We joined about 165 others on Thursday for the 35th edition of Knoxville’s “PechaKucha Night,” this time in a virtual mode.
It was our first occasion to attend the local edition of the 20 by 20 (20 slides that change every 20 seconds) global idea sharing conversation launched in Japan in 2003, and our reason was to hear the presentation by Bailey Foster of Real Good Kitchen. We have chronicled her journey to launch a commercial production kitchen, event venue, and culinary business incubator, including this most recent post on teknovation.biz.
As the event wrapped-up in less than an hour, we were inspired by all five presentations from local residents who described efforts to not only survive but succeed as the COVID-19 pandemic impacted their lives. There was also a special guest – PechaKucha Co-Founder Mark Dytham who joined briefly from Tokyo.
In the case of Foster, she had sent an email earlier this week, noting that, “Like many of you, we’re finding ways to navigate through these devastating times, and we’re working on helping local food businesses do the same.” To say that the seriously-focused entrepreneur is on a mission would be an understatement as would her unwillingness to let anything stop her.
So, when COVID-19 impacted her initial plans, Foster launched something called the “RGK Cooking School” where she is showcasing a local chef each Wednesday night on a virtual broadcast (click here for the latest episode).
“We have completed five episodes and have six more planned,” Foster said. In the process, the effort has also raised $1,500 for the local food industry, something that she said was “inspiring.”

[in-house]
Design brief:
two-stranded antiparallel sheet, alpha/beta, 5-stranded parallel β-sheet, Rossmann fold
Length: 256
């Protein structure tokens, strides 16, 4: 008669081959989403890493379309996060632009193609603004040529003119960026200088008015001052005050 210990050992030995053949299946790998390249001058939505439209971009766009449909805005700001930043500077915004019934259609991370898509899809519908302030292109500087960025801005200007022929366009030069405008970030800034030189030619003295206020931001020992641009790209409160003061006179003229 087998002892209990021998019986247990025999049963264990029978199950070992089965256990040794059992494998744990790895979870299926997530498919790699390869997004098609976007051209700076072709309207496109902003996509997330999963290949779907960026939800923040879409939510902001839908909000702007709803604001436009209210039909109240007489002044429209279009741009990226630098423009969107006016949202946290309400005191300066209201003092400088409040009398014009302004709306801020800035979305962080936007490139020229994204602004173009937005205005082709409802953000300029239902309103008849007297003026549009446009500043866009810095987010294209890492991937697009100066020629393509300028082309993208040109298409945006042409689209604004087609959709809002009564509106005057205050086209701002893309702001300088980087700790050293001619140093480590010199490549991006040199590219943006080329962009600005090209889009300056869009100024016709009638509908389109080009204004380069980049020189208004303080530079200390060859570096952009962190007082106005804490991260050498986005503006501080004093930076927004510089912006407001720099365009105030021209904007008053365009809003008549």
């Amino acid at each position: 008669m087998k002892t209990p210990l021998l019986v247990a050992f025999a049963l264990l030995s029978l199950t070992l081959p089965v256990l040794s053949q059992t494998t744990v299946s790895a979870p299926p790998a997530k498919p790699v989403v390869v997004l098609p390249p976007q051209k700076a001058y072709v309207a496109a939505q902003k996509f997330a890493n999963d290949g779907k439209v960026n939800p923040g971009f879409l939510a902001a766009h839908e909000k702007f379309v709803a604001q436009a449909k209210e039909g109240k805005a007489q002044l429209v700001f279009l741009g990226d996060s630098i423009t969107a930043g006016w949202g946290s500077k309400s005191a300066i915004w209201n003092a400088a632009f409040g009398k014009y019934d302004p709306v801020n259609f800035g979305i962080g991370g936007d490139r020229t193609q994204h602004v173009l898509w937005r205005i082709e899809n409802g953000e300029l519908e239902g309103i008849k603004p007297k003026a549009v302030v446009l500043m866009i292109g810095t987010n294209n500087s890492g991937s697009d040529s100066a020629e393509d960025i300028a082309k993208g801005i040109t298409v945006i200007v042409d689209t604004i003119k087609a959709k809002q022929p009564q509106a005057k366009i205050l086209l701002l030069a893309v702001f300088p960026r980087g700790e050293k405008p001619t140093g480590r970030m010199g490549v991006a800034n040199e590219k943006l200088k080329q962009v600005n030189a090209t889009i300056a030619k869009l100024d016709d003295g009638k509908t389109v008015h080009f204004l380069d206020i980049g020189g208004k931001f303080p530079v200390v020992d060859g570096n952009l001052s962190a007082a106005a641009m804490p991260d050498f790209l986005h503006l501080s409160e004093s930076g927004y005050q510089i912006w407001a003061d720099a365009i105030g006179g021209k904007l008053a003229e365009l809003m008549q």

Noting that the community as well as the nation need a more equitable and sustainable food system, Foster concluded her presentation by saying, “We are going to do all that we can at Real Good Kitchen to be a bridge to that more sustainable future.”
Other presenters were:
- Mary Kathryn Kennard who described “Project Be Kind,” an idea that came from her seven- and nine-year old children to feed first responders, including 285 on the day she presented. The idea has grown to the point that she is launching a 501(c)(3) organization.
- Adrienne Webster, owner of a small accounting firm, who described how she and her team have helped small businesses with the “Paycheck Protection Plan” (PPP) with applications ranging from $300 to $300,000. Noting that the team stayed-up all night in early April on the day before the applications opened, Webster called-out Lisa Young of Citizens National Bank for her help with many of the accounting firm’s clients.
- Margaret Stolfi who described how she and her husband, Jesse Newmister, have used the PPP program for their two restaurants – Kaizen and Tako Taco. Her advice to those who have secured similar awards: “Keep-up with the rules; things change.”
- Rusty Odom, Editor of the Blank newspaper, who described having to pivot from a live “Second Bell Music Festival” at Suttree Landing Park to a reconstituted and virtual “Second Bell Sofa Soiree.”
Thursday evening’s Pecha Kucha was billed as Volume 35A. The second half occurs this Thursday night beginning at 8 p.m. with six presentations. Click here for more information.